This new model works. It has not only allowed jurisdictions to create more equitable policies but has provided them the structure to work together as a cohort to quickly learn, accelerating policy development and implementation efforts and to scale regionally. Equally important, we helped community organizations and members build lasting, trusting partnerships with government representatives and helped them understand how to effect policy change.
We are looking forward to applying our learnings to our next set of jurisdictions with our Breakthrough Grants, launching this June. Exciting policy ideas from the incoming fellows have already started pouring in, such as equity platforms, community-led equity committees, and a reparations framework. Oakland and San Francisco will be working on efforts to support emerging BIPOC developers, and we have jurisdictions planning to partner with faith-based organizations to convert underutilized land and to empower land trusts to acquire land.
As Senior Director of PBF (and VP of Policy and Innovation, San Francisco Foundation) Khanh Russo said, “Even with the challenges we have faced, we were not deterred. We are transforming systems and making sure that we build back better.”
Funding Preservation and Production
But policy work is only half the battle. The Partnership is proud to have produced or preserved over 3,000 units of affordable housing through our Family of Loan Funds. We also came up with a new way to evaluate this success. With $300M out the door and over 30 deals closed so far through the two funds that make up PBF’s $500M Family of Loan Funds— the Bay’s Future Fund and the Community Housing Fund — we knew it was time to assess our impact.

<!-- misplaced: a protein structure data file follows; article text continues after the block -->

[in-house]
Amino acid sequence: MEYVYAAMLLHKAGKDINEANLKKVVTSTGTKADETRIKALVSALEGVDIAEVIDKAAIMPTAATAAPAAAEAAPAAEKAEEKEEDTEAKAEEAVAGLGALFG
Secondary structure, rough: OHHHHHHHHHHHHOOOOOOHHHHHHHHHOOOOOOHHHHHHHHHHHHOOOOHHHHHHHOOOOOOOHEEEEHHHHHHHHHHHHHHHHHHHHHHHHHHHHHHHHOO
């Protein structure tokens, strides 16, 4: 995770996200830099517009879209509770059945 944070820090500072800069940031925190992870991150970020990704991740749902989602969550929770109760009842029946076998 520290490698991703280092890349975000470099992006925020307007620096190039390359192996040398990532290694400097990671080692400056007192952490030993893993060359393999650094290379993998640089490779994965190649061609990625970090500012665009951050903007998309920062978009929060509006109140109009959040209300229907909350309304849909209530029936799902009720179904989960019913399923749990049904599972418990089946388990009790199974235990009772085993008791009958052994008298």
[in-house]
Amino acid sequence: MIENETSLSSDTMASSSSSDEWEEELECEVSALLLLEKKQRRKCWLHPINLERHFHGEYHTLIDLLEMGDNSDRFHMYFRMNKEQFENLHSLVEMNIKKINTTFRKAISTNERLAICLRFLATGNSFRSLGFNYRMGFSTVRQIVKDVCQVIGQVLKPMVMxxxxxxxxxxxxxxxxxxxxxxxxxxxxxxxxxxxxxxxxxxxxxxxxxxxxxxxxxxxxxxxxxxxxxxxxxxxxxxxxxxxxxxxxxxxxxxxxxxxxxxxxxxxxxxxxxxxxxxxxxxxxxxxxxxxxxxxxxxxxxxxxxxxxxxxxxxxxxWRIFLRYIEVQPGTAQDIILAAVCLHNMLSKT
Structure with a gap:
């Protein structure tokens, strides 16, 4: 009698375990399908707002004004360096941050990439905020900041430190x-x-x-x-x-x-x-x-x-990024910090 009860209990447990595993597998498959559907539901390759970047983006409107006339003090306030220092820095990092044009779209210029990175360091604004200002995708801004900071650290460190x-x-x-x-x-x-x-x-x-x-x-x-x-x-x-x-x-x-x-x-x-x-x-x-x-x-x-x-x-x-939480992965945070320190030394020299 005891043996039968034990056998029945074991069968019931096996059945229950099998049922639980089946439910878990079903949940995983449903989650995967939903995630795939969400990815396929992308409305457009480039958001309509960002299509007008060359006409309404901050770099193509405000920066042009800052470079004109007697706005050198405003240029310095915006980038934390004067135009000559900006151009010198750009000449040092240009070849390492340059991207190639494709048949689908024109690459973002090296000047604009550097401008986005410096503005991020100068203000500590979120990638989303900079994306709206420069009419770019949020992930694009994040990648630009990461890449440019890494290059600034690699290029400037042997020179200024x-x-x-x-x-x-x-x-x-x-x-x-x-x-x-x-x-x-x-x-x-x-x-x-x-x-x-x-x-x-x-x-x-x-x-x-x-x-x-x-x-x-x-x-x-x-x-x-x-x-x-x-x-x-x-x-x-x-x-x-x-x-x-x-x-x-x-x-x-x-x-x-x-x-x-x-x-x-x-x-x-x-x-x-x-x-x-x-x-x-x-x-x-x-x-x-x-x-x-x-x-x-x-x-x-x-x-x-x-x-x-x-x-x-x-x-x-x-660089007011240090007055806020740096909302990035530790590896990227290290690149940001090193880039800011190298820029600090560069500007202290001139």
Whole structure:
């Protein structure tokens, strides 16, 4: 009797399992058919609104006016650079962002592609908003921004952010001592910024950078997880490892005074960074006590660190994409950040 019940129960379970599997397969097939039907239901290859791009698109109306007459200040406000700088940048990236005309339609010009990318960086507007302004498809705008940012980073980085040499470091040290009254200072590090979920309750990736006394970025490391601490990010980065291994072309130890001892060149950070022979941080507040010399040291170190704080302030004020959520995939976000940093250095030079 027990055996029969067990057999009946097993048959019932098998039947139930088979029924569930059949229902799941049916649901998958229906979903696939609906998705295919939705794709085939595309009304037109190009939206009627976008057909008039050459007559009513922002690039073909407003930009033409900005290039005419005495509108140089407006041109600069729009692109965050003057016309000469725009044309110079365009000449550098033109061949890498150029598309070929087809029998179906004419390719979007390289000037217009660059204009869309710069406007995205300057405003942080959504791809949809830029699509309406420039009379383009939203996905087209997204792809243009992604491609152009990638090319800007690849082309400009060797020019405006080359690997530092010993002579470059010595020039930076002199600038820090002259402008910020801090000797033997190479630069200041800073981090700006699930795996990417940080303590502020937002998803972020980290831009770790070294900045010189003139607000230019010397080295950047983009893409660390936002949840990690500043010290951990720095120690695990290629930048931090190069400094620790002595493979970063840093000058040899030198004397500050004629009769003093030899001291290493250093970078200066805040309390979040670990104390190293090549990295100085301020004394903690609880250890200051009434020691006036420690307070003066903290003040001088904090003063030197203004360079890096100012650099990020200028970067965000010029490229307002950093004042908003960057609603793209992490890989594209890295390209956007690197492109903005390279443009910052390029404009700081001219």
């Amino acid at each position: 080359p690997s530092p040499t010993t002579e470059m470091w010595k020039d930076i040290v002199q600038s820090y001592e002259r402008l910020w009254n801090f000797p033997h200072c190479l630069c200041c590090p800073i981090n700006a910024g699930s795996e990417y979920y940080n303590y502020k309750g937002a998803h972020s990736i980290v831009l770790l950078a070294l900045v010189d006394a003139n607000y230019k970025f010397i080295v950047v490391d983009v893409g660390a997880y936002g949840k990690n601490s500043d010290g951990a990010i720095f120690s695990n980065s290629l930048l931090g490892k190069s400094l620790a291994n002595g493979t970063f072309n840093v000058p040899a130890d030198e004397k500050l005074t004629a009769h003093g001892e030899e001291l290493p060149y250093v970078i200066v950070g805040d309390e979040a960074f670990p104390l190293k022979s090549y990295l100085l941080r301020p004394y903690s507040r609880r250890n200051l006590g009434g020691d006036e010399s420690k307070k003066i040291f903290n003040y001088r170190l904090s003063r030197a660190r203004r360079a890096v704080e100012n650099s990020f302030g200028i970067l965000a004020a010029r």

“Our ambition at Partnership for the Bay’s Future goes beyond number of units. Equity goals are our north star,” stated Cindy Wu, Executive Director of Local Initiatives Support Corporation (LISC) in the Bay Area, which manages the funds. “We wanted to assess not only the number of units secured, but how we were making progress towards our racial equity and economic inclusion goals. We therefore decided to develop a robust framework to hold ourselves accountable to the mission of the Partnership.”
We started by identifying the specific impact goals of the Partnership and then built a crosswalk between those goals and data that our lending partners had already collected from borrowers or that could reasonably be collected. We used that information to create indicators, then vetted them with the Partnership stakeholders. The resulting Equity Dashboard is now leading the Community Development Finance field. Using this dashboard, we also found PBF’s Family of Loan funds to be making strong progress including:
- Half of the units financed via the Community Housing Fund (CHF) will be affordable to households earning below 30% AMI, and 90% of the housing we have financed through the Bay’s Future Fund will be permanently affordable to households earning between 51-80% of Area Median Income (AMI).
- 95% of the tenants living in the homes preserved through the Bay’s Future Fund (BFF) investments identify as people of color.
- 63% of the new construction units financed are expected to house non-white households once they ready to be occupied.
- 38% of the leadership of organizations borrowing from PBF identify as people of color, a notable statistic in the real estate development industry which is dominated by white-owned and managed firms.
By pairing innovative investment with game-changing policies, PBF is reinventing the systems and policies that have put Bay Area housing beyond the reach of too many individuals and families. We are very much looking forward to continuing on this path, in partnership with the many community partners from whom we have learned so much.
Secretary Ramirez summed it up nicely by saying, “The pandemic exposed deep rooted housing inequities, especially for our most vulnerable communities. The pandemic, however, has also been the great accelerator – giving us the opportunity to work together in new ways towards both short- and long-term solutions.”